4. Kids parties are stupid these days. Good for you for not giving into to peer pressure. I think a party at home is a great idea and Bug and his friends will have a blast. Now if you can only find watermelon with seeds to have a seed-spiting contest.

    Happy Birthday.

  5. even in where i live (the philippines), this is very noticeable. i know of one kid, who had close to 500 guests (kids and adults). they had clowns, magicians, even acrobats. oh, and that was his first birthday.

    when we celebrated my son's 1st birthday, we did rent out a local mdconald's, but for more practical reasons. my son underwent surgery before he turned 1, so a lot of people wanted to see how he was doing. we have a huge family (almost 100, just on my side) and there's no way they'd fit on our house.

  6. Yes, I've seen this AND succombed to it too! Then I realized that at every extravagant party my oldest left in tears. At the simple ones she left happy. Starting last year we've scaled back considerably - family party only, except for milestone birthdays - 5, 10, 13, 16 are the ones left in my house. The kids LOOK like they're having a good time at the extravagant ones, the parents TALK sbout how impressed they are, but the really successful parties for the kids are the simple ones. And that's who it's supposed to be about, right?

  7. Some 3rd graders at our school this year got picked up after school in a freakin' limo. A LIMO!!! Good for you for a simple party. Can't wait to hear what a success it was.

  8. I would love to go completely crazy with birthday parties for my son, but two things stop me: 1. Our budget. I gave up my income to be at home with him, so things have to stay pretty simple. 2. I think it's an important lesson for him to learn that everything in life is not over the top. If he has a petting zoo at his 3rd birthday & I rent out an entire facility for him for his 10th bday what is he going to expect when he's 16 or for his wedding? I'll save the money on the bday parties & put it towards a college education fund so that he won't have to take out student loans.

    Thanks for stopping by Mommy Monologues!
    I love it that you're a Katherine with a K--I am too!!!

  9. I still have not had friend parties for either of my girls. Bananas has gone to a couple of parties that were small groups of kids at big places. It totally makes me nervous all those big parties with tons of kids. No one knows who belongs to who or who is watching who- not to mention liability..... It all feels very dangerous to me. I am with you on keeping things simple and inexpensive. I have to do this all the time at work. The kids have just as much fun playing games and small activities as they do on the big things- sometimes more! I do think having a theme makes it more exciting. I didn't need limos and tiaras and gowns to make me feel awesome at my 16th. I think a CD player Christmas lights and snacks were way more fun. Parties should be about the people not the activities.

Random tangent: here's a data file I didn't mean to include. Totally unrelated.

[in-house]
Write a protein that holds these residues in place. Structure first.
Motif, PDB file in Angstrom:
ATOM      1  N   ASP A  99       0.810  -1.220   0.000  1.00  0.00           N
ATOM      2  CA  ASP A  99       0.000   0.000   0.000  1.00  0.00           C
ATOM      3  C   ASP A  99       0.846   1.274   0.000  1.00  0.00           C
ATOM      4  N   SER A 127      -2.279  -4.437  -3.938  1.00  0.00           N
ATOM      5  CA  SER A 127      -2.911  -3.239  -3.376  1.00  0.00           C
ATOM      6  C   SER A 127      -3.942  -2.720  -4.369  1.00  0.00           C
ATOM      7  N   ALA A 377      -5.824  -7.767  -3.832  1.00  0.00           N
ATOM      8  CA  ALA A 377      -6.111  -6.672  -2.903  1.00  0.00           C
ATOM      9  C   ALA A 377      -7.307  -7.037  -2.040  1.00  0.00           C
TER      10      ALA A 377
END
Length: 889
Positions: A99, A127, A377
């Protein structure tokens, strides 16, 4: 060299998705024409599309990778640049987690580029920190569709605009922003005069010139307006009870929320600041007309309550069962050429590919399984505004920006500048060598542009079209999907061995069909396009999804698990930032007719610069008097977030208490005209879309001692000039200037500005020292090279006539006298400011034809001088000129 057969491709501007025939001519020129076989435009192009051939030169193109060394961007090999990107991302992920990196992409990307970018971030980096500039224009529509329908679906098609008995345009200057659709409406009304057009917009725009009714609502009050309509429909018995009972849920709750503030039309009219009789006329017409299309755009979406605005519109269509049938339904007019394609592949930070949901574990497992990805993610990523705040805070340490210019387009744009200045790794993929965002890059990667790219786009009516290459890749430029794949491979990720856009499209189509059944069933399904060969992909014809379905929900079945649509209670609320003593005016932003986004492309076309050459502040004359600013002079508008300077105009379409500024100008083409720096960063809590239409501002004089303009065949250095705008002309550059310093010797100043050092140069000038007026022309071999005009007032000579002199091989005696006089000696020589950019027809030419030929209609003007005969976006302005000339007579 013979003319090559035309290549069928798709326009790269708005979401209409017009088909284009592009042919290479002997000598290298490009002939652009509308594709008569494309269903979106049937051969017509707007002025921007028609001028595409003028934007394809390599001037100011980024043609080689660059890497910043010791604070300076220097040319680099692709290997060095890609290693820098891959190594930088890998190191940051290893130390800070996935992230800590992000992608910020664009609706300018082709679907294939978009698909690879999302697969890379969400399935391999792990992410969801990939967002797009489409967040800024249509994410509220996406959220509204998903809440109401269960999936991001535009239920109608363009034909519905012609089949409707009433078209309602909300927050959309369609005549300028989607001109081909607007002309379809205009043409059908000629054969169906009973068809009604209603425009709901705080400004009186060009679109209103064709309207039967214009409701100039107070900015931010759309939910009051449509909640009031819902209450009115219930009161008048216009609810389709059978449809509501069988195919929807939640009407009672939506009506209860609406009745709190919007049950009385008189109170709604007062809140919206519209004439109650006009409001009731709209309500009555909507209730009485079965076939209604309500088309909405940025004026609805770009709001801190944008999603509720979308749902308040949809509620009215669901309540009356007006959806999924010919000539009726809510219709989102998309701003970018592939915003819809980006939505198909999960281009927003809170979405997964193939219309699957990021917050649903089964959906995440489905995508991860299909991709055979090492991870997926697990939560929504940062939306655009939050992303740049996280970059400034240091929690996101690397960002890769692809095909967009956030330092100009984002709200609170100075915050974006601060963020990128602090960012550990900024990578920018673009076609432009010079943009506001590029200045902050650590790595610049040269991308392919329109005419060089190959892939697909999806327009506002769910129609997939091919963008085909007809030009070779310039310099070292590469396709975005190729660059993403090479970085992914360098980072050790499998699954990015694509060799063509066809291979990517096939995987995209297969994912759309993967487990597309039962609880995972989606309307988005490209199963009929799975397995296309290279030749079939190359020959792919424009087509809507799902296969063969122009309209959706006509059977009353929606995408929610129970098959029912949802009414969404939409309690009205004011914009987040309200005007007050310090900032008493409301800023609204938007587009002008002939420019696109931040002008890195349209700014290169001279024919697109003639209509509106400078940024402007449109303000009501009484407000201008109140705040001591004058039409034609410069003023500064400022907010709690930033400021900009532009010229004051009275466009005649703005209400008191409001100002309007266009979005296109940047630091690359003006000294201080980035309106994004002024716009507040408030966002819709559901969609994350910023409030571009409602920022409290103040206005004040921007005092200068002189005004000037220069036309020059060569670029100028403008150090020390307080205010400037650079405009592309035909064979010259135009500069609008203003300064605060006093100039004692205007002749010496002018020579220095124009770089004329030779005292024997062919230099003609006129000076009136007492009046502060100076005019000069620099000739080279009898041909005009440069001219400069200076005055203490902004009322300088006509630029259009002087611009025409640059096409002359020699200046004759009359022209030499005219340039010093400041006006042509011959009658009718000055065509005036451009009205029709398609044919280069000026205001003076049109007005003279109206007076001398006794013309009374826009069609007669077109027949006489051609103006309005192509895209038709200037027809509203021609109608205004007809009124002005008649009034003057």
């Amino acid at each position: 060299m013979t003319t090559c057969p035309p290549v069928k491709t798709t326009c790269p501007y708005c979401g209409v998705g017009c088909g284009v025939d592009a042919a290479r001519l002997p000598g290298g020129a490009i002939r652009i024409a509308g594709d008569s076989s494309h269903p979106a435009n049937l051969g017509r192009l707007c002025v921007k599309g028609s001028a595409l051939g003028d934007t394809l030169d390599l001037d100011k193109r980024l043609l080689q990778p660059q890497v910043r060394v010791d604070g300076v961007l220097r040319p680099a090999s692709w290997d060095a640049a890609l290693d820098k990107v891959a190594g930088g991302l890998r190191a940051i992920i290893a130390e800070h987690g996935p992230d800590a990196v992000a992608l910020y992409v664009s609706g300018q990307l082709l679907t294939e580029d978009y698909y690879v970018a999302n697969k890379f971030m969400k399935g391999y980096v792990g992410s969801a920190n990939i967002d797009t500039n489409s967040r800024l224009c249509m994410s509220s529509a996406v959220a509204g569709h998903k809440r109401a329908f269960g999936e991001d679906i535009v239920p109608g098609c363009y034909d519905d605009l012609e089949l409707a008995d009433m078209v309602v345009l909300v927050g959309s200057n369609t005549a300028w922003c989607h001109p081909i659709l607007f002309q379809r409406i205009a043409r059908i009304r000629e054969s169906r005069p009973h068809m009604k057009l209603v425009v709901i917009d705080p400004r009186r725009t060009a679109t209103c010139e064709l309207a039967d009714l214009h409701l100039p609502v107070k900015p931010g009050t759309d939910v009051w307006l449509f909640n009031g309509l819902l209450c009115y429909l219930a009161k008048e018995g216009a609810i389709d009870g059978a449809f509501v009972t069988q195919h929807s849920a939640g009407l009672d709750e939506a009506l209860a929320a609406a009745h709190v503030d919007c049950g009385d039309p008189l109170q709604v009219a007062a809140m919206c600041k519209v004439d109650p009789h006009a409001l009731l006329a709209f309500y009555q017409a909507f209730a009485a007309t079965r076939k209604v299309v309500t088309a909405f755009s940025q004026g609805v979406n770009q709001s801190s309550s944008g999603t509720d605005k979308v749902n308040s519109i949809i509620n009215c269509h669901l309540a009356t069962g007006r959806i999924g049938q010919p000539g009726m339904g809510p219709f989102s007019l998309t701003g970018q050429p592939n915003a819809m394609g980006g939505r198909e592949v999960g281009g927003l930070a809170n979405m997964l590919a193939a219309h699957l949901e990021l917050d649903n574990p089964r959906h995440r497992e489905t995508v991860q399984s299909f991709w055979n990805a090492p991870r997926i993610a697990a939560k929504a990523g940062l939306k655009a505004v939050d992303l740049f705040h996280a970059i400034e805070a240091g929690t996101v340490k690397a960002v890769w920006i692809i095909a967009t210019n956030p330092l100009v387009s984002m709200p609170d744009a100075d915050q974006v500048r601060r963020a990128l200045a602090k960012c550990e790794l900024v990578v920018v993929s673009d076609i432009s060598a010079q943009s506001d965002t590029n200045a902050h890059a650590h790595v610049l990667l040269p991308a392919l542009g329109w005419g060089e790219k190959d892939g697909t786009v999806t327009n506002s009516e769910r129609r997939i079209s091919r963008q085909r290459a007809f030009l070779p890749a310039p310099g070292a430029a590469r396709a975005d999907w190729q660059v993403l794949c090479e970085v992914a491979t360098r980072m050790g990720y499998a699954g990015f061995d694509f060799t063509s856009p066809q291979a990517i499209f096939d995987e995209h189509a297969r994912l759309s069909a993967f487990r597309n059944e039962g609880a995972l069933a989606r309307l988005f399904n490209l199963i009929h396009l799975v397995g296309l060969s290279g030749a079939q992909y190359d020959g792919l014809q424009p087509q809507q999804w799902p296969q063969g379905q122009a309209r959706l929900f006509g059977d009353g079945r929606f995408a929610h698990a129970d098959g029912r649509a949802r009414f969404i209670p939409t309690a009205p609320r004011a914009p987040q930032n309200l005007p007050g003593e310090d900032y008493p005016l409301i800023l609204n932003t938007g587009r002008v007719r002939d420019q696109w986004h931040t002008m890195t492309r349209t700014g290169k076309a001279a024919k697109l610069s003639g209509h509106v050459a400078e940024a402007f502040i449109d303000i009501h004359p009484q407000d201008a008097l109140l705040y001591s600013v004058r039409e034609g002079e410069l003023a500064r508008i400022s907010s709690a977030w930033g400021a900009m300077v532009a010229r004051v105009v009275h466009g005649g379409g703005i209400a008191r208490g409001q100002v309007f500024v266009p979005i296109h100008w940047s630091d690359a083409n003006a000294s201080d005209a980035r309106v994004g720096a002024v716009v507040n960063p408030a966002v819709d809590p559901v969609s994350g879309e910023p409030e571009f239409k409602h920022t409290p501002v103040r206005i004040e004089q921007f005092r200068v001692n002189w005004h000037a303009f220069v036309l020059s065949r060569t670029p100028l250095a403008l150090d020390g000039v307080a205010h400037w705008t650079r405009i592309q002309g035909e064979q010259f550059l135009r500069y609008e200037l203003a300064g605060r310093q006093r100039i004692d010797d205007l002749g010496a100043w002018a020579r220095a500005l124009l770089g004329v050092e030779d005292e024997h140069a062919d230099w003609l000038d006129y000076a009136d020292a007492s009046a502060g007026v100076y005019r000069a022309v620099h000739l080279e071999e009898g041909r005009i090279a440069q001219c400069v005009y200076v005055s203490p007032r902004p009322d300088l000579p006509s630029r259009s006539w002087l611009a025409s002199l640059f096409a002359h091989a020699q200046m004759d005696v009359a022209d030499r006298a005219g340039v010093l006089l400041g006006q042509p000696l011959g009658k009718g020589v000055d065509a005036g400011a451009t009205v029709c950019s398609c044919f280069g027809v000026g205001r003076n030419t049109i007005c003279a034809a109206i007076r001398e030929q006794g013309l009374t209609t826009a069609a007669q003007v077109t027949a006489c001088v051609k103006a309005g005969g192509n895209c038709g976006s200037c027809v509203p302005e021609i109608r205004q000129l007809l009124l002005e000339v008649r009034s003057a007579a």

10. You've got exactly the right idea. Those parties can really escalate and the kids have a lot of fun with the most simple things. Good for you for keeping your perspective!

  11. We don't have kids, but I've been hearing this from friends and relatives about today's parties. It's crazy. The fanciest party I ever had as a child was a roller skating rink party, but it wasn't that pricey and all of the kids were doing it. We'd often have Burger King parties and my mom said they were very reasonable and parents had them because their houses were too small and it was less work for them. Cakes were simple and included usually. I like your idea and I'm sure Bug will love his party :)

  12. I agree, it's crazy. Unfortunately, we gave in to peer pressure (especially from my mother-in-law) and have big parties. I think Bug's party sounds nice and everyone will have a good time.